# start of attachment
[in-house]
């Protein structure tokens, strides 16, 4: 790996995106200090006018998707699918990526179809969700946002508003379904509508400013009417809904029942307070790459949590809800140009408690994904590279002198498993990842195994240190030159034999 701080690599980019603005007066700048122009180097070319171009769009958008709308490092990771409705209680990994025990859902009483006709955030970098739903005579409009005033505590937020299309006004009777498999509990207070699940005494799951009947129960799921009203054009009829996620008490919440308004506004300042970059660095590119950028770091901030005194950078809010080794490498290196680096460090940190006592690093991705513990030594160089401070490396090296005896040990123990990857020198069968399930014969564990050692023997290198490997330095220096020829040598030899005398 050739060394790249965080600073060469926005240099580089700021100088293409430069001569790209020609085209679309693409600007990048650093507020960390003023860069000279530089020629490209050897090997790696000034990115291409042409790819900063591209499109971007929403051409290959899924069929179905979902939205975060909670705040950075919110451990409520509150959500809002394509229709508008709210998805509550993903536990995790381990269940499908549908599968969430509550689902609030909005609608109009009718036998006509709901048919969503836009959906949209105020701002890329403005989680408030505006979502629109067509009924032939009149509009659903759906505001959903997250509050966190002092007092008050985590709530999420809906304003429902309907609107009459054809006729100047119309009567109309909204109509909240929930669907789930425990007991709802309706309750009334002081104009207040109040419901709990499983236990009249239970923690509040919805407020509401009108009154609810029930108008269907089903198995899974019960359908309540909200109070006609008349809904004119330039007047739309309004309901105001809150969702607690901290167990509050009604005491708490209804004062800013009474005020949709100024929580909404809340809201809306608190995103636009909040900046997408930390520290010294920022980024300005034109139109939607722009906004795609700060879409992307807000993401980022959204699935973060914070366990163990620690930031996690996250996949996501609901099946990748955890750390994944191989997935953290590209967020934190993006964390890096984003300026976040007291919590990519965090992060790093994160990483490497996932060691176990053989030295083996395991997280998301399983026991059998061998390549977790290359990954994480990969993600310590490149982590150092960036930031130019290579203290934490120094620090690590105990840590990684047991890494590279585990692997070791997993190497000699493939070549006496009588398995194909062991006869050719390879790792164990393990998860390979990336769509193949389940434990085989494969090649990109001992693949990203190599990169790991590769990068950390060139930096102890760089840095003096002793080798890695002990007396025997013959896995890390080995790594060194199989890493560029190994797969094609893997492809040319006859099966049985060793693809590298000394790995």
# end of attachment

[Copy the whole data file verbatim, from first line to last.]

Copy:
[in-house]
């Protein structure tokens, strides 16, 4: 790996995106200090006018998707699918990526179809969700946002508003379904509508400013009417809904029942307070790459949590809800140009408690994904590279002198498993990842195994240190030159034999 701080690599980019603005007066700048122009180097070319171009769009958008709308490092990771409705209680990994025990859902009483006709955030970098739903005579409009005033505590937020299309006004009777498999509990207070699940005494799951009947129960799921009203054009009829996620008490919440308004506004300042970059660095590119950028770091901030005194950078809010080794490498290196680096460090940190006592690093991705513990030594160089401070490396090296005896040990123990990857020198069968399930014969564990050692023997290198490997330095220096020829040598030899005398 050739060394790249965080600073060469926005240099580089700021100088293409430069001569790209020609085209679309693409600007990048650093507020960390003023860069000279530089020629490209050897090997790696000034990115291409042409790819900063591209499109971007929403051409290959899924069929179905979902939205975060909670705040950075919110451990409520509150959500809002394509229709508008709210998805509550993903536990995790381990269940499908549908599968969430509550689902609030909005609608109009009718036998006509709901048919969503836009959906949209105020701002890329403005989680408030505006979502629109067509009924032939009149509009659903759906505001959903997250509050966190002092007092008050985590709530999420809906304003429902309907609107009459054809006729100047119309009567109309909204109509909240929930669907789930425990007991709802309706309750009334002081104009207040109040419901709990499983236990009249239970923690509040919805407020509401009108009154609810029930108008269907089903198995899974019960359908309540909200109070006609008349809904004119330039007047739309309004309901105001809150969702607690901290167990509050009604005491708490209804004062800013009474005020949709100024929580909404809340809201809306608190995103636009909040900046997408930390520290010294920022980024300005034109139109939607722009906004795609700060879409992307807000993401980022959204699935973060914070366990163990620690930031996690996250996949996501609901099946990748955890750390994944191989997935953290590209967020934190993006964390890096984003300026976040007291919590990519965090992060790093994160990483490497996932060691176990053989030295083996395991997280998301399983026991059998061998390549977790290359990954994480990969993600310590490149982590150092960036930031130019290579203290934490120094620090690590105990840590990684047991890494590279585990692997070791997993190497000699493939070549006496009588398995194909062991006869050719390879790792164990393990998860390979990336769509193949389940434990085989494969090649990109001992693949990203190599990169790991590769990068950390060139930096102890760089840095003096002793080798890695002990007396025997013959896995890390080995790594060194199989890493560029190994797969094609893997492809040319006859099966049985060793693809590298000394790995």